'My toddler has Dravet syndrome - every night I'm scared he won't wake up'

Three-year-old Drew has a rare condition which causes near-weekly seizures, leaving him unable to walk or speak.

An Aberdeen mother whose toddler has a rare form of childhood epilepsy is backing a campaign to raise more awareness of the condition.

Tracy Bruce’s three-year-old son Drew has Dravet syndrome, a life-limiting neurological condition which affects one in 15,000 people in the UK.

Tracy, 40, recalled multiple emergency trips to the hospital in the space of a fortnight due to Drew’s seizures, before he was diagnosed last year.

The toddler had his first seizure at around ten months old. He now suffers a seizure on a near-weekly basis, meaning he requires round-the-clock care.

Tracy says Drew is 'amazing'

Tracy said “Drew does have words. A lot of the Dravet babies don’t, but one seizure could take those words away. One seizure could stop him from walking.

“The biggest fear is bedtime though, because the night seizures are the worst. Every night you say ‘good night’ to him, you’re scared in case he isn’t there in the morning. That does happen a lot with Dravet syndrome.

“I was told if he makes it past five, we’re doing well. Then 12 is the next one to aim for.”

She added: “I’d never heard about [Dravet syndrome] before. A lot of medics don’t know about either. In hospital I am often told I’ll have to educate people on Drew because it’s so rare.”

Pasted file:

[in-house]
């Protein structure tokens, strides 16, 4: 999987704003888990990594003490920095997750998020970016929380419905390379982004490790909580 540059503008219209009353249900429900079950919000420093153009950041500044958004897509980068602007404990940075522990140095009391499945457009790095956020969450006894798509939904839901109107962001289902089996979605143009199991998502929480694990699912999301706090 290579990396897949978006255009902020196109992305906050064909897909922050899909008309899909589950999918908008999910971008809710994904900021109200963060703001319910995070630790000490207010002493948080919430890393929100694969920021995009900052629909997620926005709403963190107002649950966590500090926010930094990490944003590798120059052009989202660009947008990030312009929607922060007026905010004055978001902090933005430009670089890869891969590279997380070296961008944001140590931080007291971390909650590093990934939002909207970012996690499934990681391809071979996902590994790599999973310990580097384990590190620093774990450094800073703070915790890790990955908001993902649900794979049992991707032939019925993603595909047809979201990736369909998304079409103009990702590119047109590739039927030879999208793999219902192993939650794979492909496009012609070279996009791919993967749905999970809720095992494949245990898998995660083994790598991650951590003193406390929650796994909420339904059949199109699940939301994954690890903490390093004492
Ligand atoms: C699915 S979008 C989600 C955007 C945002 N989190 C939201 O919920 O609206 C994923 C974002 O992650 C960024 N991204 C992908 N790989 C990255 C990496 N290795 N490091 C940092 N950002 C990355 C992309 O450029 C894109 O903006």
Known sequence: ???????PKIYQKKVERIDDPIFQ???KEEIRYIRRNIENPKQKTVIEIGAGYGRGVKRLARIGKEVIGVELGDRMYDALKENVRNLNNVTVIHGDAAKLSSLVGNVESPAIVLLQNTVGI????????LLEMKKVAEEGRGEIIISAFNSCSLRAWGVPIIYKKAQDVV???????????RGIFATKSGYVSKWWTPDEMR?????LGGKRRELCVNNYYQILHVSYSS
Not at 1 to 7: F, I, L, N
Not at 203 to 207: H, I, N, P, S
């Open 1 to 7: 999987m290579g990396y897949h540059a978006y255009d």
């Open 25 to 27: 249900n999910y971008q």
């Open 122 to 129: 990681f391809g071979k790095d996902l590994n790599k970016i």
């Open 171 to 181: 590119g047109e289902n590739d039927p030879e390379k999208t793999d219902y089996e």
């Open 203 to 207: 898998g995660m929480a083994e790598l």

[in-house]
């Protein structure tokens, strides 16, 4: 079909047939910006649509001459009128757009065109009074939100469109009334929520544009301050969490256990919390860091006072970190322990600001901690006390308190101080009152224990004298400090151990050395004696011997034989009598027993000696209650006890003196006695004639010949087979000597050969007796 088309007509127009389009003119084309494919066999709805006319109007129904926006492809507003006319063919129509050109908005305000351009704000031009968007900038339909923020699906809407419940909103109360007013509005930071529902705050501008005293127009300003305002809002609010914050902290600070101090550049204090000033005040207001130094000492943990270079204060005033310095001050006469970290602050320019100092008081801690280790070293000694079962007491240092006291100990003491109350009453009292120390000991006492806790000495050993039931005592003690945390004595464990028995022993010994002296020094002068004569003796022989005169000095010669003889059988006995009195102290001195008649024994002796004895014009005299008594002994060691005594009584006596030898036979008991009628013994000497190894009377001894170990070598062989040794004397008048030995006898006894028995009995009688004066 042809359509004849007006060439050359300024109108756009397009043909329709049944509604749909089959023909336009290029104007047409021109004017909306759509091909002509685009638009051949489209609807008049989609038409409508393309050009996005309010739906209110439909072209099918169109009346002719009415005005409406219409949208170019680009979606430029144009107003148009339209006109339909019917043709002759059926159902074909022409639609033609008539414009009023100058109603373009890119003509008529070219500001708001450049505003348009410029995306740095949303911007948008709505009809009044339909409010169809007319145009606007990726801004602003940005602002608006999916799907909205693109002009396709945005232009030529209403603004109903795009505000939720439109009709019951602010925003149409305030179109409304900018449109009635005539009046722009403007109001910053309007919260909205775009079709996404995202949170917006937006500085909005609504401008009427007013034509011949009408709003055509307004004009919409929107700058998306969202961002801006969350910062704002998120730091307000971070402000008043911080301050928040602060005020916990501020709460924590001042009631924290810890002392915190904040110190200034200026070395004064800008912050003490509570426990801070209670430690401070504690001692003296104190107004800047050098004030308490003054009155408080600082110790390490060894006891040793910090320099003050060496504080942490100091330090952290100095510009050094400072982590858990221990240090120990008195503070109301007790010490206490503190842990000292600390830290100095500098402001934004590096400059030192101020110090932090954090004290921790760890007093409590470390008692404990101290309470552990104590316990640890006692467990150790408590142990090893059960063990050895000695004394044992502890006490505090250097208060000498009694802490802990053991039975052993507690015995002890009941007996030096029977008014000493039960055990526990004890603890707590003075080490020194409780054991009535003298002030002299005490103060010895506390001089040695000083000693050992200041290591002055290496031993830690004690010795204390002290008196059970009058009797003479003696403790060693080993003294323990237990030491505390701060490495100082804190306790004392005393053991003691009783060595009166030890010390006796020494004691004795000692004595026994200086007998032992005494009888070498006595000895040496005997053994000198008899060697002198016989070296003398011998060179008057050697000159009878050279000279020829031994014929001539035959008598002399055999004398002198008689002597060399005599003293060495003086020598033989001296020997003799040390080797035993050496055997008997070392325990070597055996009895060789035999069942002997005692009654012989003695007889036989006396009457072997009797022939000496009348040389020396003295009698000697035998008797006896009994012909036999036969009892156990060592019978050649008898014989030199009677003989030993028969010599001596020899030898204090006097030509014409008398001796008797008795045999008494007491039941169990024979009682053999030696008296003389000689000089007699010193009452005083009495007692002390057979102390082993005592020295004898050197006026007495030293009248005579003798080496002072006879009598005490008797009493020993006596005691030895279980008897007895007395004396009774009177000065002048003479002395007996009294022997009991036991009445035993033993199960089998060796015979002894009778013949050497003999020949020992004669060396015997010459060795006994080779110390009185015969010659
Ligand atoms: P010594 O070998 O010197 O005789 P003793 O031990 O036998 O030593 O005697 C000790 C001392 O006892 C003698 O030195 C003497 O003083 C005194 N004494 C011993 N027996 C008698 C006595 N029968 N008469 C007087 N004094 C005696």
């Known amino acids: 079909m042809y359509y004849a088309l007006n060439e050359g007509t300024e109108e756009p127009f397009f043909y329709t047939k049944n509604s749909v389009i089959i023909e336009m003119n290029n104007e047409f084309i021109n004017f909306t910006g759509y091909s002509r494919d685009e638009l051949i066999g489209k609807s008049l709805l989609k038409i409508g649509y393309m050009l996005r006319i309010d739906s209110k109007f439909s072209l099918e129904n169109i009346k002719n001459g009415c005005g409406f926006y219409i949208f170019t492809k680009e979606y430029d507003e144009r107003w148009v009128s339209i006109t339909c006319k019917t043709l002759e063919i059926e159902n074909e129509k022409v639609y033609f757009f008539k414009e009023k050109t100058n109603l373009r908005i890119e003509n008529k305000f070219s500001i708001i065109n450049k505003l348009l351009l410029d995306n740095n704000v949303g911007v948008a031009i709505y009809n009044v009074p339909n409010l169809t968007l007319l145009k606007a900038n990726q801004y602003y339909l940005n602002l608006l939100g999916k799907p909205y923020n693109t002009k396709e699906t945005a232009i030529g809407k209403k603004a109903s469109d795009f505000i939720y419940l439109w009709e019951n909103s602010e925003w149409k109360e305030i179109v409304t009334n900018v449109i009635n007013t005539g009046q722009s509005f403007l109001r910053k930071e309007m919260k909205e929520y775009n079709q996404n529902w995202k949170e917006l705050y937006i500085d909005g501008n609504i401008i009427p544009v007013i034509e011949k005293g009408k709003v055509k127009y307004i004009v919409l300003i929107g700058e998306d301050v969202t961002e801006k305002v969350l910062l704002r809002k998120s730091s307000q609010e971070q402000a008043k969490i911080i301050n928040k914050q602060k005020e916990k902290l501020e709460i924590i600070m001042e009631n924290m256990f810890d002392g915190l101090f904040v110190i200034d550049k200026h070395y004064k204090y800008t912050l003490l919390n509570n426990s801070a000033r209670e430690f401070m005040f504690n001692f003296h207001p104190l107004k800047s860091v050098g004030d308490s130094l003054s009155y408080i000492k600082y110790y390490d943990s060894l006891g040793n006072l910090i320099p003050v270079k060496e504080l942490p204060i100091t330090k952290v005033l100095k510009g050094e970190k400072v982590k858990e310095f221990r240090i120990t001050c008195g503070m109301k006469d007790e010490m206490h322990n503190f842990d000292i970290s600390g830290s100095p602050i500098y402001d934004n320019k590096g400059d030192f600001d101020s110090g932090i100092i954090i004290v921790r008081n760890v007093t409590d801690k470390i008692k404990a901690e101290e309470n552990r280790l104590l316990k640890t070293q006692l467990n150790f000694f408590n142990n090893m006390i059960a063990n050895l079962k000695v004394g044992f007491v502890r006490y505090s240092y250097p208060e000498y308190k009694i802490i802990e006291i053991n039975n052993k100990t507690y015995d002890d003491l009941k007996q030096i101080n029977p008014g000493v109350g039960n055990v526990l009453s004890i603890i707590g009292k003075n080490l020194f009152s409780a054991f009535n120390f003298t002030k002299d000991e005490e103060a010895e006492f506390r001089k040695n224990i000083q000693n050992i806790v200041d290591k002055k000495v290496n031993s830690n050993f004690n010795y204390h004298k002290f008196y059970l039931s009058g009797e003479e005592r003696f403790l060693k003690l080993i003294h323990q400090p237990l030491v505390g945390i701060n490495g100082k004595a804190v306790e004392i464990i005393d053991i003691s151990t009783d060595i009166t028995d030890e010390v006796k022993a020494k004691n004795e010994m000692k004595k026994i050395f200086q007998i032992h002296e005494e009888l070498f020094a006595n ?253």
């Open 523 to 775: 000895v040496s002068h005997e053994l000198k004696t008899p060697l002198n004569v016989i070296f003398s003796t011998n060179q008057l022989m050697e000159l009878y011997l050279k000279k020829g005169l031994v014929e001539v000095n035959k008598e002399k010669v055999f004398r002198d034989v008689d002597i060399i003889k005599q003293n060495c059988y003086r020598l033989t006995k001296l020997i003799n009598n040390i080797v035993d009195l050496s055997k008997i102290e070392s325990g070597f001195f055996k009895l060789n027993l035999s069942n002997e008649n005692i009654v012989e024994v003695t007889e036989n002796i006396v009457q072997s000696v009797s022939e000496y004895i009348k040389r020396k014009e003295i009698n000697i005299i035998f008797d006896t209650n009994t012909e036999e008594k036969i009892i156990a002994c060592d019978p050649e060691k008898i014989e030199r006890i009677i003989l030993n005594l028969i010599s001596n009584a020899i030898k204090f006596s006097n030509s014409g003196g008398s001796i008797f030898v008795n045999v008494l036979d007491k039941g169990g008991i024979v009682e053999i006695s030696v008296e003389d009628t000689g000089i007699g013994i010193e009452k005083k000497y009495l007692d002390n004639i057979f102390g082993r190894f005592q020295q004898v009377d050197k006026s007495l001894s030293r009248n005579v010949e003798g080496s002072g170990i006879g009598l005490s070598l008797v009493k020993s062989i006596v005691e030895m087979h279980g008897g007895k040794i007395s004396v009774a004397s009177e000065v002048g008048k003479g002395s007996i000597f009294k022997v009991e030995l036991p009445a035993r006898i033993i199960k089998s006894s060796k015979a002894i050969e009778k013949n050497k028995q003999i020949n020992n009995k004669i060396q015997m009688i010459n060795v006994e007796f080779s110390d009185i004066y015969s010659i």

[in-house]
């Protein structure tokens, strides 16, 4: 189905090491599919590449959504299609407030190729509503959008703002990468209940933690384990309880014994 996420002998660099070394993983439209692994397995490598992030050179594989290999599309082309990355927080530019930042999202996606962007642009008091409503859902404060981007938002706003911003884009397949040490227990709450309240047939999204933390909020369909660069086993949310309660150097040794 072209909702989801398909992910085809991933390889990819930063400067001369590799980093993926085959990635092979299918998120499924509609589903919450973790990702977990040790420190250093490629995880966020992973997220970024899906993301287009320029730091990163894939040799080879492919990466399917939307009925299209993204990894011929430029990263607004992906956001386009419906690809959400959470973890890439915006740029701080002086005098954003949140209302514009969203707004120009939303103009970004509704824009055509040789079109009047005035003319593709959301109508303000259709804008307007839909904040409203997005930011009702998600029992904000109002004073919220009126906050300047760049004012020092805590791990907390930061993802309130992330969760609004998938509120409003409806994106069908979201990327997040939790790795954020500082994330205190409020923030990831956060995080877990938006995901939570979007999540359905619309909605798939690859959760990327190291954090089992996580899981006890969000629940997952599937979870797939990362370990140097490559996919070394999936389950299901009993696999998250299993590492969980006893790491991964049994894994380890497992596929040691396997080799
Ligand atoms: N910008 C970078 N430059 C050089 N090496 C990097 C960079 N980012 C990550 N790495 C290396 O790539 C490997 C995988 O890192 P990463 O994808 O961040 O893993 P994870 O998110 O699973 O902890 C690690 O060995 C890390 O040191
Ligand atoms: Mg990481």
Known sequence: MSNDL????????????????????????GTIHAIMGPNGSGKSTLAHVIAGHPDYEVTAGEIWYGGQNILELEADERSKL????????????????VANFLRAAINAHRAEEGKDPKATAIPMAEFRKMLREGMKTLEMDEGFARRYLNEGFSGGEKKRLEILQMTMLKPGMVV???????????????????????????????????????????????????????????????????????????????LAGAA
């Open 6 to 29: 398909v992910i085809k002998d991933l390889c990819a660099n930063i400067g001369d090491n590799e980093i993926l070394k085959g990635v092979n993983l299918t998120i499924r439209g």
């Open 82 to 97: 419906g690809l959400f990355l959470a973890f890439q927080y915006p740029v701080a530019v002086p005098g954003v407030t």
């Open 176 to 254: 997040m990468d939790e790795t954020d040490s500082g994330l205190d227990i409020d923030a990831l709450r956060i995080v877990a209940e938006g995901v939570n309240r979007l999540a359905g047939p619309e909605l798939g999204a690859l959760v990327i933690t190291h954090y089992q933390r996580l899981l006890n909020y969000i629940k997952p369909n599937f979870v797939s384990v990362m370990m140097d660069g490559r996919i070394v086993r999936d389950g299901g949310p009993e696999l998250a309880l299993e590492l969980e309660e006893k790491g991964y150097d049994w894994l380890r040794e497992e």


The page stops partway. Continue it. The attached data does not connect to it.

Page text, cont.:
With epilepsy just one part of the condition, Drew also has global development delay and problems with mobility and sleep.

“His legs are wider apart, and his toes are turned in. He can’t walk for too far, because it normally overtires him and causes a seizure,” Tracy said.

“It’s scary, it’s all new, it’s life-changing. But it’s Drew – he’s amazing.”

While research is ongoing with new medicines and treatments under way, there remains no cure at present.

Those living with the syndrome can experience a range of other conditions including intellectual disability, autism, ADHD, behaviours that challenge, difficulties with sleep, mobility and eating. The seizures can be highly unpredictable.

Three-year-old Drew suffers a seizure on a near-weekly basis

The charity Dravet Syndrome UK have launched a campaign to help raise more awareness of the condition.

“It’s such an isolating condition looking after someone with Dravet Syndrome,” Galia Wilson, chair of Dravet Syndrome UK told STV News.

“It’s not just epilepsy, lots of people have epilepsy in childhood. This is something different.

“It’s not just the seizures, it’s the day to day. These people need 24/7 care really for the rest of their lives.”

Tracy hopes speaking out will help others understand the symptoms and help other families of children with the condition.

She added: “Yes it’s hard-going – you don’t get much sleep. But Dravet babies are absolutely amazing and they can do anything. You just have to make sure they are safe.”

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